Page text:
Thomas Sowell
It has long seemed to me that there is far more rationality in sports, and in commentaries on sports, than there is in politics and in commentaries on politics. What has puzzled me is why this is so, when what happens in politics has far more serious effects on people's lives.

To take one common example, there are many people who believe that if the market fails, the government should step in. But, if Robinson Cano strikes out, does anyone suggest that the Yankees should send in a pinch hitter for him on his next time at bat?

Everyone understands that a pinch hitter can also strike out, and is less likely than Cano to get a hit or a home run. But the very possibility that the government can fail when it steps in to substitute for a failing market seldom occurs to many people. Even among some economists, "market failure" is a magic phrase that implies a need for government intervention.

We could argue about the empirical evidence as to when government pinch-hitting is better or worse. But there is seldom even an argument at all in some quarters, where government intervention follows market failure as the night follows the day.

Milton Friedman once pointed out, "A system established largely to prevent bank panics produced the most severe banking panic in American history." Many other examples could be cited where government intervention made a bad situation worse.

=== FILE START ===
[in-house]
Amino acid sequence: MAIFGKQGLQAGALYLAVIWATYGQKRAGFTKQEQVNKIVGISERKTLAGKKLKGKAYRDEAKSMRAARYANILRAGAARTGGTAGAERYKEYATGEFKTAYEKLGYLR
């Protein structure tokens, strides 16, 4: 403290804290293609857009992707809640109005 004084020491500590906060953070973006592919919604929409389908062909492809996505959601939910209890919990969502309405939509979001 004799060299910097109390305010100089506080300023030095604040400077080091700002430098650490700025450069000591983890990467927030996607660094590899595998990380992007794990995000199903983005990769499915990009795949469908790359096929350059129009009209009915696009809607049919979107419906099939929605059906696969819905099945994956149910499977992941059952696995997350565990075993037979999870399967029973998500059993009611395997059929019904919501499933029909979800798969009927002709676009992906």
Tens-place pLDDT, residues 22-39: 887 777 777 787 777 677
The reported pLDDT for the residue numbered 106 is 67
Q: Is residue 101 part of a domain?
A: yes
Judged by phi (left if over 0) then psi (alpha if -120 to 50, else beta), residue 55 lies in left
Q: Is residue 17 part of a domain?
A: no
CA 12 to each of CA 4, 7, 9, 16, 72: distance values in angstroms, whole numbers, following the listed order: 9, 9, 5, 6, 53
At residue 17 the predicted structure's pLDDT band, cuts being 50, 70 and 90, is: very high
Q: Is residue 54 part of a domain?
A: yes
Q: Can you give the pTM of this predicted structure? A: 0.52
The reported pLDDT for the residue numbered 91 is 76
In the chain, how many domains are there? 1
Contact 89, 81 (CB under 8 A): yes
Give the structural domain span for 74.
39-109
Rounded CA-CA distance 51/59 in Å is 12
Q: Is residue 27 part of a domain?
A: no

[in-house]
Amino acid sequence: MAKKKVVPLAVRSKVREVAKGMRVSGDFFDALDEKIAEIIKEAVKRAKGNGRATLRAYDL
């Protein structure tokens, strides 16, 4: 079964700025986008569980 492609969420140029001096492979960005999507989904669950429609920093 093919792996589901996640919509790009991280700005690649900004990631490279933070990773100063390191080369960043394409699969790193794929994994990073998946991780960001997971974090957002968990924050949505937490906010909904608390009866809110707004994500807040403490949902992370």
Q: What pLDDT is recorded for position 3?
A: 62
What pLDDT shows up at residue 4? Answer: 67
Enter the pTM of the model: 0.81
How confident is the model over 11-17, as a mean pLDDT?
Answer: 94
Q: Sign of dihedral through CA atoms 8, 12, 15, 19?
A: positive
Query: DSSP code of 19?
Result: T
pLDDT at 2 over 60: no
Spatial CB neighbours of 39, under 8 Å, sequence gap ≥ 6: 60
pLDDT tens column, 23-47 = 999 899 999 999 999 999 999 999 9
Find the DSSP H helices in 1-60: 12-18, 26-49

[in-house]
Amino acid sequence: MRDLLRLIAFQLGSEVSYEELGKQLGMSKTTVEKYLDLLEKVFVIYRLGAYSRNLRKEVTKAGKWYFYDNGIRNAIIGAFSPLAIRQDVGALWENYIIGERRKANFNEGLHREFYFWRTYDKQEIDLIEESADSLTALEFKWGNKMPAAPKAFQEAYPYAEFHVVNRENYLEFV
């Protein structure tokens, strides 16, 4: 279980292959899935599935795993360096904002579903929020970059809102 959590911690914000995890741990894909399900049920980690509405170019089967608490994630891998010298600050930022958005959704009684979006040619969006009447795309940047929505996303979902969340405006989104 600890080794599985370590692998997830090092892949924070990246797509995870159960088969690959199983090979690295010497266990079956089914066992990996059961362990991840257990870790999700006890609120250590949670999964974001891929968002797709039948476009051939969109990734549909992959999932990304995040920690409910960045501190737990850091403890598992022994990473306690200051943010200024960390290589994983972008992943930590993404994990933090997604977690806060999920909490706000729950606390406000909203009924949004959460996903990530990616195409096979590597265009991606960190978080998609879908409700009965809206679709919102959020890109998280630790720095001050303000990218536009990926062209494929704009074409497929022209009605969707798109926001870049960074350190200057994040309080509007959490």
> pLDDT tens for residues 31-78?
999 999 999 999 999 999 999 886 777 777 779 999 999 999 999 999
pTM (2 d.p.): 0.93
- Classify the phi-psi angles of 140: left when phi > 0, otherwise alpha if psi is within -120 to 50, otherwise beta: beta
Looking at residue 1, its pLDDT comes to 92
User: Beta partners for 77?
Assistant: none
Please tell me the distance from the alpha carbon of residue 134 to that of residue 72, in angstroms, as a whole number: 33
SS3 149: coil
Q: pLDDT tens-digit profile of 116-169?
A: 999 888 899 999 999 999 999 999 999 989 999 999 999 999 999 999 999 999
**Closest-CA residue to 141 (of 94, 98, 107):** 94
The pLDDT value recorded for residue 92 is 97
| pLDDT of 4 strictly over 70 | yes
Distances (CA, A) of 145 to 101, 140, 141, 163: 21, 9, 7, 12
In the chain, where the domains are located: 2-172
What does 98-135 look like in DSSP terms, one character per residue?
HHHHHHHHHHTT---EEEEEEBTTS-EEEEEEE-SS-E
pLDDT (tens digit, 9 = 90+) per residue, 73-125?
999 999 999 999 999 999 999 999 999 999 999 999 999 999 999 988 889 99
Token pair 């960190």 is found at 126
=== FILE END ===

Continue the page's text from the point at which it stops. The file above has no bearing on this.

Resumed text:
But most discussions of the role of government never even reach the point of looking for empirical evidence. Today, for example, there is much gnashing of teeth in the media because Democrats and Republicans can't seem to get together to create a bipartisan plan for government intervention to solve our current economic problems.

Those who cry out that the government should "do something" never even ask for data on what has actually happened when the government did something, compared to what actually happened when the government did nothing. That could be a very enlightening trip through the archives.

Sports statistics are kept in a much more rational way than statistics about political issues. Have you ever seen statistics on what percentage of the home runs over the years have been hit by batters hitting in the .320s versus batters hitting in the .280s or the .340s? Not very likely.

Such statistics would make no sense, because different batters are in these brackets from one year to the next. You wouldn't be comparing people, you would be comparing abstractions and mistaking those abstractions for people.


Thomas Sowell

Thomas Sowell is a senior fellow at the Hoover Institute and author of The Housing Boom and Bust.

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